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Scarpa Maestrale RS Review

Proven ski boots with modern updates and an overall performance profile that is optimized for the majority of bc riders. If you have high volume feet, even better.
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Price:  $799 List | $795.00 at REI
Compare prices at 3 resellers
Pros:  Balanced up and down performance, wide/high volume fit
Cons:  Ski/walk mode prone to issues, not the best down ski performance
Manufacturer:   Scarpa
By Jediah Porter ⋅ Review Editor  ⋅  Mar 18, 2019
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62
OVERALL
SCORE


RANKED
#7 of 10
  • Uphill Performance - 20% 4
  • Weight - 20% 5
  • Downhill performance - 30% 7
  • Comfort and Fit - 15% 7
  • Warmth - 10% 8
  • Ease of Use - 5% 8

Our Verdict

The newest version of the Scarpa Maestrale RS is basically a brand new ski boot. It was updated for the 17/18 season, and we tested it into the 18/19 season. Our entire test team had at least some experience with previous versions, and we can authoritatively say that it is as good as any of the predecessors and at least a little better in all ways. Boots just keep getting better, and Scarpa is keeping up. The Maestrale RS goes uphill like the rando race boots of 10 years ago and goes downhill better than anything on the market at that time.

The weight is acceptable (but surprisingly bettered by some options that ski downhill even better), and the boots will be largely durable. There are some usability quirks that you might grow accustomed to but might choose to opt-out of. The fit is generally higher volume than average. We can recommend these boots for anyone that has a wide/high volume foot. Almost any boot can be modified and punched, but those of you with high volume feet will have to do less or none of this with the Scarpa. The performance is good and neutral for all-around backcountry skiing.

Product Updated

The Maestrale RS has been tweaked this year. Read on for the specifics!

November 2019


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Overall Score Sort Icon
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Pros Balanced up and down performance, wide/high volume fitExcellent downhill performance, light weight, proven styleLight, excellent freedom of motion, easy to use, skis downhill as well as any average touring bootGreat downhill performance, progressive forward flex, reliable buckles and ski/walk modeExcellent downhill performance, lightweight, innovative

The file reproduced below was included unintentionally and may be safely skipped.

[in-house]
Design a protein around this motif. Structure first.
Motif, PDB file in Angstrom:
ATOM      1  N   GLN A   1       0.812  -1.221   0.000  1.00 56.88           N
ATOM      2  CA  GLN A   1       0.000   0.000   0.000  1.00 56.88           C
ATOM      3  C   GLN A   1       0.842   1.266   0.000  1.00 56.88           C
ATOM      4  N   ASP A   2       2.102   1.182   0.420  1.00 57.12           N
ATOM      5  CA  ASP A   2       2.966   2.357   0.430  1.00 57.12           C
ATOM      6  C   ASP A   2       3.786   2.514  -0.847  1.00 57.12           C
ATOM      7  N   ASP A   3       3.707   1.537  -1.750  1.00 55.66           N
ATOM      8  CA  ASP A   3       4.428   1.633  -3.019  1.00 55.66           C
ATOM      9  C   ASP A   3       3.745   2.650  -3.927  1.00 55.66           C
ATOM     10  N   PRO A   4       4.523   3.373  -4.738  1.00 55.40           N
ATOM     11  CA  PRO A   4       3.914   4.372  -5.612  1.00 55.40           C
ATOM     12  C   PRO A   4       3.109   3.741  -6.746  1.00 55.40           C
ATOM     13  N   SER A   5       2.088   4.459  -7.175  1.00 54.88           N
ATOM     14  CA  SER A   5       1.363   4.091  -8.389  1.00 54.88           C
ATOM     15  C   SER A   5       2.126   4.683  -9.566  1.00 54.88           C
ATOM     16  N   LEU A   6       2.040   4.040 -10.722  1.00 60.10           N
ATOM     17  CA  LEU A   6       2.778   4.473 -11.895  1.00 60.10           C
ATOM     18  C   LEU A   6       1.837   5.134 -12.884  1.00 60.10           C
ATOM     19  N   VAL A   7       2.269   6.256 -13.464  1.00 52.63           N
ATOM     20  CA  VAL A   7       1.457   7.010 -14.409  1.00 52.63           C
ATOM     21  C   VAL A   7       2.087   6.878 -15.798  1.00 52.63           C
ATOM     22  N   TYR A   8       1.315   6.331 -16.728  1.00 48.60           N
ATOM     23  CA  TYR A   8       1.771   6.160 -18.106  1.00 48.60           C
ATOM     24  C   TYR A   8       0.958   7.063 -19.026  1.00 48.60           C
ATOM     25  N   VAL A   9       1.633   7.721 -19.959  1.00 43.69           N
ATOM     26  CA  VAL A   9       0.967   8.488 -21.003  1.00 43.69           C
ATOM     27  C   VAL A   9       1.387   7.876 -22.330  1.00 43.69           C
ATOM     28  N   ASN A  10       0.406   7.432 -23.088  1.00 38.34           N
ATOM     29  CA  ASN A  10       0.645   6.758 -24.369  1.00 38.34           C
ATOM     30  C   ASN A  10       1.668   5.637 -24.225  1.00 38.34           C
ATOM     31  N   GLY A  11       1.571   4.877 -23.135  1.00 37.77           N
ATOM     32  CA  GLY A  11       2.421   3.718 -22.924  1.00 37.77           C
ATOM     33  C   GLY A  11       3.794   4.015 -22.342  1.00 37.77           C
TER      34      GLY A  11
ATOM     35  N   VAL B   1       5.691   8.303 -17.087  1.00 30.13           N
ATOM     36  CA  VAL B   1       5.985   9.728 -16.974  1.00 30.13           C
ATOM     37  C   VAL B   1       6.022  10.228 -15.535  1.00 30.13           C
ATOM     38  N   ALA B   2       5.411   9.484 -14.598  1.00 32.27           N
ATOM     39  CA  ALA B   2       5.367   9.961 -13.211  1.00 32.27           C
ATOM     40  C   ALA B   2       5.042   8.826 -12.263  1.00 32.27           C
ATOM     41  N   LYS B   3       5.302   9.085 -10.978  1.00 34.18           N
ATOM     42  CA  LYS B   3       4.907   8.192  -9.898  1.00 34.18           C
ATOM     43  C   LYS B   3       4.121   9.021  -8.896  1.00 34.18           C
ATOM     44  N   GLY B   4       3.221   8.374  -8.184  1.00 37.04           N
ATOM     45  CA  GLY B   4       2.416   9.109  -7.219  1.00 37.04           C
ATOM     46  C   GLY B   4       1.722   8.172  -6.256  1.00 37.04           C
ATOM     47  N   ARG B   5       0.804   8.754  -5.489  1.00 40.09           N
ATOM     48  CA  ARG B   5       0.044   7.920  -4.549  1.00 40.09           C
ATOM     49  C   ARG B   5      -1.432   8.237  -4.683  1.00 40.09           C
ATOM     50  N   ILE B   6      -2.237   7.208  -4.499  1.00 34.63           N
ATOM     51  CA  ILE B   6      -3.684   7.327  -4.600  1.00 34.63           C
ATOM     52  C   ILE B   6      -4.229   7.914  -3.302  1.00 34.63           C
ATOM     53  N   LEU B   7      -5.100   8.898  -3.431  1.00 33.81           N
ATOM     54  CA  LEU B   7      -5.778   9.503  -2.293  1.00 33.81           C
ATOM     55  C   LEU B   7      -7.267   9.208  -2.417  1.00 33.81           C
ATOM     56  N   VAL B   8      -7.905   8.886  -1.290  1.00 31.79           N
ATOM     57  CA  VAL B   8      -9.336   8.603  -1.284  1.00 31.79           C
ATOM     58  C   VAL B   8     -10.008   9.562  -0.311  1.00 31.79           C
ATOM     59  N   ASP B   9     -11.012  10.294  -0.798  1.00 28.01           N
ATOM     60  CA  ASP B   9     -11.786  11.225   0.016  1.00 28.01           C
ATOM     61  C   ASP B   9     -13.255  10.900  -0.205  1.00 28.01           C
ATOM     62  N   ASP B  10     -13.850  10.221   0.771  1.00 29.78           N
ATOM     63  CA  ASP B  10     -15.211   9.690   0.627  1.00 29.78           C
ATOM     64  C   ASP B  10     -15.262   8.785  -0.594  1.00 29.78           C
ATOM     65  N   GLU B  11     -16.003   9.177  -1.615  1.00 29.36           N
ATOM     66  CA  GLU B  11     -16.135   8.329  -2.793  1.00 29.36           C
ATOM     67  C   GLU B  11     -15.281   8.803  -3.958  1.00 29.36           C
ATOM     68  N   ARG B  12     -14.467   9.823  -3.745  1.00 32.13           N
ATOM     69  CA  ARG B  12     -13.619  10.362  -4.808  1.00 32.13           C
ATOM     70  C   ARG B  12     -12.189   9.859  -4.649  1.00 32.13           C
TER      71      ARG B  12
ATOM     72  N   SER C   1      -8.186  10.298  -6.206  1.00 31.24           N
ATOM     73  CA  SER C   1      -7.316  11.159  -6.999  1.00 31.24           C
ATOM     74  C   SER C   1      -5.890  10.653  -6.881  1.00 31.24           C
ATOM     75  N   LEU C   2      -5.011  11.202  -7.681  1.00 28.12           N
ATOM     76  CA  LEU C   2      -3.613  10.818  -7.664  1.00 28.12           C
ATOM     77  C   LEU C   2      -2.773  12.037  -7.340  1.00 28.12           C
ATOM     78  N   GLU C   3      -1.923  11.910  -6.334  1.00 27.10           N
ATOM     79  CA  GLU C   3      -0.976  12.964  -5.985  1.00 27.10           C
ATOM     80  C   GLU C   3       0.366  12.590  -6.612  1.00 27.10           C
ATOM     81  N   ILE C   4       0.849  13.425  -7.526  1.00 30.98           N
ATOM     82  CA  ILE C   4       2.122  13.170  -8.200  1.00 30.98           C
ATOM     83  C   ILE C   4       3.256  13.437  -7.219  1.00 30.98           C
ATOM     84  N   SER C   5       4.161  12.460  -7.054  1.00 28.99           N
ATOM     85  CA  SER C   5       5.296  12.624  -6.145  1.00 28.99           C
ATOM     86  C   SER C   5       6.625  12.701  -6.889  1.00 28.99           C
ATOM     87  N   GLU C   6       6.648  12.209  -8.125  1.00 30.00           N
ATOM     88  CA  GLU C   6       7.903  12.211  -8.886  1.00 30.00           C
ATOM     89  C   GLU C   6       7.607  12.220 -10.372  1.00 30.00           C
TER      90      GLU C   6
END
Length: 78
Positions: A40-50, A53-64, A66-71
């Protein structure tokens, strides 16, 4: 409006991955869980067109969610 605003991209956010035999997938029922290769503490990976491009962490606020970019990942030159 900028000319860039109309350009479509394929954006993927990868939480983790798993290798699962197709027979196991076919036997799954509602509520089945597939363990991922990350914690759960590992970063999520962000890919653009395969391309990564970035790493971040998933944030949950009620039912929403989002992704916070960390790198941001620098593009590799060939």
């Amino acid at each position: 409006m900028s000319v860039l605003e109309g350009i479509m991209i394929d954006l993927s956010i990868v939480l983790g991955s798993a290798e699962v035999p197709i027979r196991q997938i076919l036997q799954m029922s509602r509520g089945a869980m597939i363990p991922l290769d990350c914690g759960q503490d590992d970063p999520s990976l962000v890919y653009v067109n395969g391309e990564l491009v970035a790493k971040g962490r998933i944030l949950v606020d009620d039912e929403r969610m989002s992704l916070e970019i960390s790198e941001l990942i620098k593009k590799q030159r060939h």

Cons Ski/walk mode prone to issues, not the best down ski performanceModerate insulation, hard to get in and out ofLimited crampon compatibility, not as warm as the warmest boots availableHigh friction in range of motion, smooth soleClaimed easy transitions leave you in a tour mode that is significantly compromised., binding and crampon compatibility limited.
Bottom Line Proven ski boots with modern updates and an overall performance profile that is optimized for the majority of bc riders. If you have high volume feet, even better.Whether a newcomer adjusting from the resort or a seasoned expert looking for work-horse shoes for 100+ backcountry days a season, it's is a top of the line contender.The result of decades of refinement and the performance shows; the proven attributes are welcome, and the innovative refinements work well enough.This is a ski touring boot that skis downhill almost as well as a resort boot.Unique, innovative boots that really push the envelope way ahead in terms of downhill performance (at this weight point) but have some design and branding inconsistencies for actual backcountry and uphill use.
Rating Categories Scarpa Maestrale RS Tecnica Zero G Tour Pro Dynafit TLT7 Performance Atomic Hawx Ultra XTD 120 Dynafit Hoji Pro Tour
Uphill Performance (20%)
10
0
4
10
0
6
10
0
8
10
0
4
10
0
5
Weight (20%)
10
0
5
10
0
7
10
0
8
10
0
4
10
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6